- Students truly believe, and indeed expect, that if they come to class, they will receive a passing grade and, more likely than not, the grade will be a C or better.
- Students believe that coming to class is their sum responsibility as students.
- The vast majority of students do no homework, ever.
- Students have come to expect long review sessions before an exam, and that the exam will contain only the problems covered in the review, with altered constants.

UNFORTUNATELY,

- Mediocrity is now acceptable and even encouraged.
- Partial credit for mostly incorrect work encourages mediocrity.
- Having a cursory knowledge of a topic is considered sufficient.
- Multi-step reasoning is an unfair expectation.

Students do not have a number sense.

Therefore, they do not have an algebra sense,

Nor do they have the sense to ask “Does the answer seem reasonable?”

- “No student left behind” has produced expectations aimed at the lowest common denominator. Skills have become so weak that examinations have had to be rescaled.
- Making students and parents feel good is more important than setting realistic goals and limits.
- The concept of “on time” is very loosely applied.
- Better: Each child to his/her maximum potential

I’m Angry!

- If a student does poorly on an exam, it is deemed the fault of the exam.
- If a student fails to live up to expectations, it is deemed the fault of the teacher.
- A college degree today is significantly different from such a degree of 25 years ago.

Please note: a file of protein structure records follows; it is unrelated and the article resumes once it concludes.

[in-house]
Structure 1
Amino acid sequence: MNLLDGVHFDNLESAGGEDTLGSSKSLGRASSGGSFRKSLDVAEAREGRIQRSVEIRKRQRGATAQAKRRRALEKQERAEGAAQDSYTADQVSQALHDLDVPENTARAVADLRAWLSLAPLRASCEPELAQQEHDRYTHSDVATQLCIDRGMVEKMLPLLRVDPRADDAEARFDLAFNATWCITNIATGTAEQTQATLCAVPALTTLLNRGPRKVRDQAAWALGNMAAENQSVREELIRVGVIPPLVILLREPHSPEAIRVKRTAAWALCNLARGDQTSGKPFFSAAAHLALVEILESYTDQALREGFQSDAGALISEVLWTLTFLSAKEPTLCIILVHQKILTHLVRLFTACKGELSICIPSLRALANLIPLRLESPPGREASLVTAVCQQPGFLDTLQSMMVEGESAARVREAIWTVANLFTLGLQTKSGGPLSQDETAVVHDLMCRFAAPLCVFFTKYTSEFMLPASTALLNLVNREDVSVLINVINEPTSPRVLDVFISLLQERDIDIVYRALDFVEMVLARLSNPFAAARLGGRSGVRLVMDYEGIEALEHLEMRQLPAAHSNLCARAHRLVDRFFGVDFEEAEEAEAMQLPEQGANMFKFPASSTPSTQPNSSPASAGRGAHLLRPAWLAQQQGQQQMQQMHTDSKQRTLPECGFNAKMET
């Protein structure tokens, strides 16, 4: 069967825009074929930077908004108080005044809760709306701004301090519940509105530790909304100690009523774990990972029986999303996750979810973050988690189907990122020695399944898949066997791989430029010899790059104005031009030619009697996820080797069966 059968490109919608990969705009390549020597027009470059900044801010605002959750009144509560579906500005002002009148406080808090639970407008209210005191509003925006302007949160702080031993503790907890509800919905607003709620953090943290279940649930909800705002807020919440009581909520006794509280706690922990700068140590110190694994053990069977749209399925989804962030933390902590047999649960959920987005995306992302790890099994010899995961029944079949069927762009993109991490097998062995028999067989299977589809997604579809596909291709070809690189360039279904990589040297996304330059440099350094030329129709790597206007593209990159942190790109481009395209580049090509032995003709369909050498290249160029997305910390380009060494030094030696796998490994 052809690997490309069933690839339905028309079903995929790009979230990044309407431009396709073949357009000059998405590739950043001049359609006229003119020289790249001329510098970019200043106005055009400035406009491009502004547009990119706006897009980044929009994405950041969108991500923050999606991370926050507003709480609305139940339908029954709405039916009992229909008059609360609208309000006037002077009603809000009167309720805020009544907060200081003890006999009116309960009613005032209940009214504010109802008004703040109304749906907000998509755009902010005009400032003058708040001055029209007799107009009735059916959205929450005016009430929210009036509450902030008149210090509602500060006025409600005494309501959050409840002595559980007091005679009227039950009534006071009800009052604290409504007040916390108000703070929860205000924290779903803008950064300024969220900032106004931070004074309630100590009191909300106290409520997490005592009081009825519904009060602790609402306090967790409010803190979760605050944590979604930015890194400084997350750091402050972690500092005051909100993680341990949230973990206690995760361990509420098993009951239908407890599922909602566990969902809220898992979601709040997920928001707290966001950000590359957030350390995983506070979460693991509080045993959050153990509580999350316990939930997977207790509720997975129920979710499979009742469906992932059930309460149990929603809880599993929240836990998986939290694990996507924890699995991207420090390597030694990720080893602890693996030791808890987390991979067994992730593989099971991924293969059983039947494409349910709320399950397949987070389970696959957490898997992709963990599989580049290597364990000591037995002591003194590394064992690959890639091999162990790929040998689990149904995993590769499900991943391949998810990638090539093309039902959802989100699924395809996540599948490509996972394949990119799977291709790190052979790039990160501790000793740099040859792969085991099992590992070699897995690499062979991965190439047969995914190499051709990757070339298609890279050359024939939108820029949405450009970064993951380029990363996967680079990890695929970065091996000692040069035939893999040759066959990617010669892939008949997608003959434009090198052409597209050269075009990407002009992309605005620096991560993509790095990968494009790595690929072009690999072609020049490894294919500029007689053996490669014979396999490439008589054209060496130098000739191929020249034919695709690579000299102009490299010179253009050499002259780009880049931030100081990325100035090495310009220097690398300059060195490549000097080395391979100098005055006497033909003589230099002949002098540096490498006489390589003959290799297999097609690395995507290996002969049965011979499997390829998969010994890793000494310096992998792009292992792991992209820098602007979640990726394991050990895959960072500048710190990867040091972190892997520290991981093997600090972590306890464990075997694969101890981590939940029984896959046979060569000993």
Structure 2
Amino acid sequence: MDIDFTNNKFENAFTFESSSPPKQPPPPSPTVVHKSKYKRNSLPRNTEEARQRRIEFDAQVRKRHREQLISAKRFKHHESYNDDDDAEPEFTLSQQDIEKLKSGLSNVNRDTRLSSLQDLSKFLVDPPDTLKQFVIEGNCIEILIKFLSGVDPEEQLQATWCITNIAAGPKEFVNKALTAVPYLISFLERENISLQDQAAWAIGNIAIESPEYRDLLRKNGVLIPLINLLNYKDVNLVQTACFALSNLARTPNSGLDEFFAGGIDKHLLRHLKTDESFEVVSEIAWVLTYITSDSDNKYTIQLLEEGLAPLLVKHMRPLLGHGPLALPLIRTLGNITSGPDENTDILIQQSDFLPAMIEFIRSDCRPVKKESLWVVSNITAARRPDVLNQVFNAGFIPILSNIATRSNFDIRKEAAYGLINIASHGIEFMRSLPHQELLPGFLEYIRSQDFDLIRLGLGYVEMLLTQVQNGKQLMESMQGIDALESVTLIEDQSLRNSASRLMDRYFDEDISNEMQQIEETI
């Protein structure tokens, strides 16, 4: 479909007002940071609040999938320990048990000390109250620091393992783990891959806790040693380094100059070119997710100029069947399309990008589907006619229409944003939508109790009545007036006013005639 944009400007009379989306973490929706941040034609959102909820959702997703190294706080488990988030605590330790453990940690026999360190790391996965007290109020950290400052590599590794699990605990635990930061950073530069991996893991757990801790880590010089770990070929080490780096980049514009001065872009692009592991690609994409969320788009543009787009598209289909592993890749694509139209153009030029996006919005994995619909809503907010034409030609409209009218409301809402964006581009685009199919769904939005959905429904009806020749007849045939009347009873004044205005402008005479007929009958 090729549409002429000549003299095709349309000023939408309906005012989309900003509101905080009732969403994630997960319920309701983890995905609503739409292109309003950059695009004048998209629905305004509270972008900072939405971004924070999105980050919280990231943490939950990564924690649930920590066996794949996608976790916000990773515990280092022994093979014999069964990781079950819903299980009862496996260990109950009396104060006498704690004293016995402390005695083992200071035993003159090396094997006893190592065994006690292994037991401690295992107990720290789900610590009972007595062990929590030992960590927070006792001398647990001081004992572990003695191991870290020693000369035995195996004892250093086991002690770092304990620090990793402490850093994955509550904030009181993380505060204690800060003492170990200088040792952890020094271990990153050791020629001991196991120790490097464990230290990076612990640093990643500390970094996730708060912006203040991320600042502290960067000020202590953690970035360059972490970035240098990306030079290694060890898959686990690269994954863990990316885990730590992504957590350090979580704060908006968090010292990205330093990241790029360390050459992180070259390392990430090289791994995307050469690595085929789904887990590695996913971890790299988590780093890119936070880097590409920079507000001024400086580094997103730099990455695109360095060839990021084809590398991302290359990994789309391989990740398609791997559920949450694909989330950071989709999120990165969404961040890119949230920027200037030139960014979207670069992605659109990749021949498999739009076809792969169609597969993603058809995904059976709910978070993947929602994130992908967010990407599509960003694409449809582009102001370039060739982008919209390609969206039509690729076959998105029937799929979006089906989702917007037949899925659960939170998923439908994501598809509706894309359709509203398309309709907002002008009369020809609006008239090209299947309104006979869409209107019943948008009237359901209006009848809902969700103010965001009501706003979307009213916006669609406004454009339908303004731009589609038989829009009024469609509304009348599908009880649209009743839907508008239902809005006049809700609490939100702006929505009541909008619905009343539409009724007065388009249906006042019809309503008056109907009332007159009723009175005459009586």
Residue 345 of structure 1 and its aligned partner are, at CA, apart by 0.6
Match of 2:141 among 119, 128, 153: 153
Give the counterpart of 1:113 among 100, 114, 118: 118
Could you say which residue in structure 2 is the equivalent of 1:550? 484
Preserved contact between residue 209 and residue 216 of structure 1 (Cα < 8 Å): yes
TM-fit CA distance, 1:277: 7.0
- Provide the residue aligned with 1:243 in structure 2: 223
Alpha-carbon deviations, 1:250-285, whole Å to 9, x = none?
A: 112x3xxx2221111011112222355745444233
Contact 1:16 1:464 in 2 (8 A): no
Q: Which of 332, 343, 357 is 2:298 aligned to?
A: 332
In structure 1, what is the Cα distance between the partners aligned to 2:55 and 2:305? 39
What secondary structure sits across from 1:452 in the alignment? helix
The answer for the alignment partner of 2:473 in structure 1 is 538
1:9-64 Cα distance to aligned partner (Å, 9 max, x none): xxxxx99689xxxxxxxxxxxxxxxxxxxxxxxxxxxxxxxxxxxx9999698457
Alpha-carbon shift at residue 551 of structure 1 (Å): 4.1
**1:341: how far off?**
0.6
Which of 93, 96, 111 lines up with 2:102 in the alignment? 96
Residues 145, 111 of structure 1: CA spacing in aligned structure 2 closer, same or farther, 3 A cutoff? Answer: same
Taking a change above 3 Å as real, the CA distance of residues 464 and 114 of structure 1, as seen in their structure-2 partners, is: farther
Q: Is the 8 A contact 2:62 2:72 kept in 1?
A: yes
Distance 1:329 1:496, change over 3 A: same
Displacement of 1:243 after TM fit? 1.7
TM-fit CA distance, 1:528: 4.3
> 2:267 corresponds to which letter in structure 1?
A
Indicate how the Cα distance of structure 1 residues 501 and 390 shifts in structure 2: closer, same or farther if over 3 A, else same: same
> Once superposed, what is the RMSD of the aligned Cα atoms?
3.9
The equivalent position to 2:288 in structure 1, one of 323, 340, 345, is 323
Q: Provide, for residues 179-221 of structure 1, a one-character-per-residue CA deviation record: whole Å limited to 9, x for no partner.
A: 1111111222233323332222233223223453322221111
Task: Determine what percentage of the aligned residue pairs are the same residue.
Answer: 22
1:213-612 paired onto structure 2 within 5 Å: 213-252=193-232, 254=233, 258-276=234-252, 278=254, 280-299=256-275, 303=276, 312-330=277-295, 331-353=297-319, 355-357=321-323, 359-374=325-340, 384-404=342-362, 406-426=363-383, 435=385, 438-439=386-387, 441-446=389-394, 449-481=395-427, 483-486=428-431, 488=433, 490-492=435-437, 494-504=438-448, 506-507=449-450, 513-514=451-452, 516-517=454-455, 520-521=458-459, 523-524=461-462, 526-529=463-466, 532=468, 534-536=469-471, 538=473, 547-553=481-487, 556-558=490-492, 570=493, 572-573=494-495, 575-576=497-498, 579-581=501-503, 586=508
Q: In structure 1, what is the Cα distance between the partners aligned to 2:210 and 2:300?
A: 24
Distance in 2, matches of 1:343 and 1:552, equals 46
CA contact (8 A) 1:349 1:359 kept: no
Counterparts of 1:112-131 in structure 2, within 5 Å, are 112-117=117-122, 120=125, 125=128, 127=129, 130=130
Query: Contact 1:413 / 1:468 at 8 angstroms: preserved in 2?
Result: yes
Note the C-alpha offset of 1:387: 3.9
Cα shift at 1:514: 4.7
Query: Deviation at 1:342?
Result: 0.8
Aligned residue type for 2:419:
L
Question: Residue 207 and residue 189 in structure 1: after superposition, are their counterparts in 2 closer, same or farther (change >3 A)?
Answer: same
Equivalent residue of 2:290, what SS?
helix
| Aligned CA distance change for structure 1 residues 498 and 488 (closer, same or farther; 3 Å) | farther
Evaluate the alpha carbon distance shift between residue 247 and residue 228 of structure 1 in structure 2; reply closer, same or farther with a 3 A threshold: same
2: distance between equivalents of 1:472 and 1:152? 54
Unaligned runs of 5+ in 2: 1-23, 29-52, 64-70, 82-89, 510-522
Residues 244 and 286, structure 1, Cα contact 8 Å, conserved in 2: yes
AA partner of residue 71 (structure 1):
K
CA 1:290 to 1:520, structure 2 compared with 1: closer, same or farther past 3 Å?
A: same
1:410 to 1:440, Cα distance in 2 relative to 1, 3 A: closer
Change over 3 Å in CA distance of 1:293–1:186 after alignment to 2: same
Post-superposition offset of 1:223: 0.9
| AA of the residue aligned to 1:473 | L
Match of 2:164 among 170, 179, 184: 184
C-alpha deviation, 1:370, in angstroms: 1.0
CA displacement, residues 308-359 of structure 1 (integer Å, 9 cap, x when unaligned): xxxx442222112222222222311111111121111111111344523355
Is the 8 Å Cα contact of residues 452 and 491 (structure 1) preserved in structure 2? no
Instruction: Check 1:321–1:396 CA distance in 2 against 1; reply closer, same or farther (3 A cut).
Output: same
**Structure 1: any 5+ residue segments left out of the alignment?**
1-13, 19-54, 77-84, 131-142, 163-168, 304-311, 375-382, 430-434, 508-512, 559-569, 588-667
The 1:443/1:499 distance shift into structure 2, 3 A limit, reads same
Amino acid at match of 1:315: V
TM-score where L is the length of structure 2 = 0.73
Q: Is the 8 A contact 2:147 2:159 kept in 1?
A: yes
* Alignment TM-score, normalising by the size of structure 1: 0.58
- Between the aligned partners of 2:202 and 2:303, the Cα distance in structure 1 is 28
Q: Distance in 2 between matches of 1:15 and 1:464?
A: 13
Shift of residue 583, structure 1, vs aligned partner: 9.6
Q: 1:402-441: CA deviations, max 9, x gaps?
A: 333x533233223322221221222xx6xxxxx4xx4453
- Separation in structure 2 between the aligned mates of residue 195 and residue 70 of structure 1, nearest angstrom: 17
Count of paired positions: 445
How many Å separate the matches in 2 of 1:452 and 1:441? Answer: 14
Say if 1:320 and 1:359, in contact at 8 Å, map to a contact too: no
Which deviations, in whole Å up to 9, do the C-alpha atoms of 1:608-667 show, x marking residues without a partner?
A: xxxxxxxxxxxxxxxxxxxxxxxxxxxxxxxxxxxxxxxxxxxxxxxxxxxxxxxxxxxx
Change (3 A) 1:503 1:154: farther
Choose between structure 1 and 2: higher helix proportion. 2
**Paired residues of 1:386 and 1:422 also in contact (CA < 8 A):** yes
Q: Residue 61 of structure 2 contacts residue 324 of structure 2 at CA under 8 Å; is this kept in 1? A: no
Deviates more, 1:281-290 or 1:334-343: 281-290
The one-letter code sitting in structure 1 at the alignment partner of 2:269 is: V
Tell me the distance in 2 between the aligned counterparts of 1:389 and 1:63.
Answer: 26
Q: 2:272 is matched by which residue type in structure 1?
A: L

- Many experienced, well-trained teachers are being replaced by faculty who are weaker.

A non-trivial number of high school mathematics teachers and/or supervisors:

- do not have an undergraduate degree that has the word “mathematics” in it, or,
- do not have an graduate degree that has the word “mathematics” in it, or,
- have neither an undergraduate nor graduate degree that has the word “mathematics” in it.

- We are urged to have higher retention rates!
- I, for one, chose to be part of the cure.
- No student of mine will ever be asked by a professor “Who did you have in the previous course?”
- Visit www.matcmp.sunynassau.edu/
~cheifp/Itseemstome1.htm

- What algebraic law would you use to solve the equation 3(x + 5) = 27?
- For what value of x is equal to zero?
- Use an algebraic expression to prove or disprove that the sum of any three consecutive integers is a multiple of three.

A car trip costs $1.50 per fifteen miles for gas and 30¢ per mile for other expenses, plus $20 for car rental. The total cost for the trip is given by theequation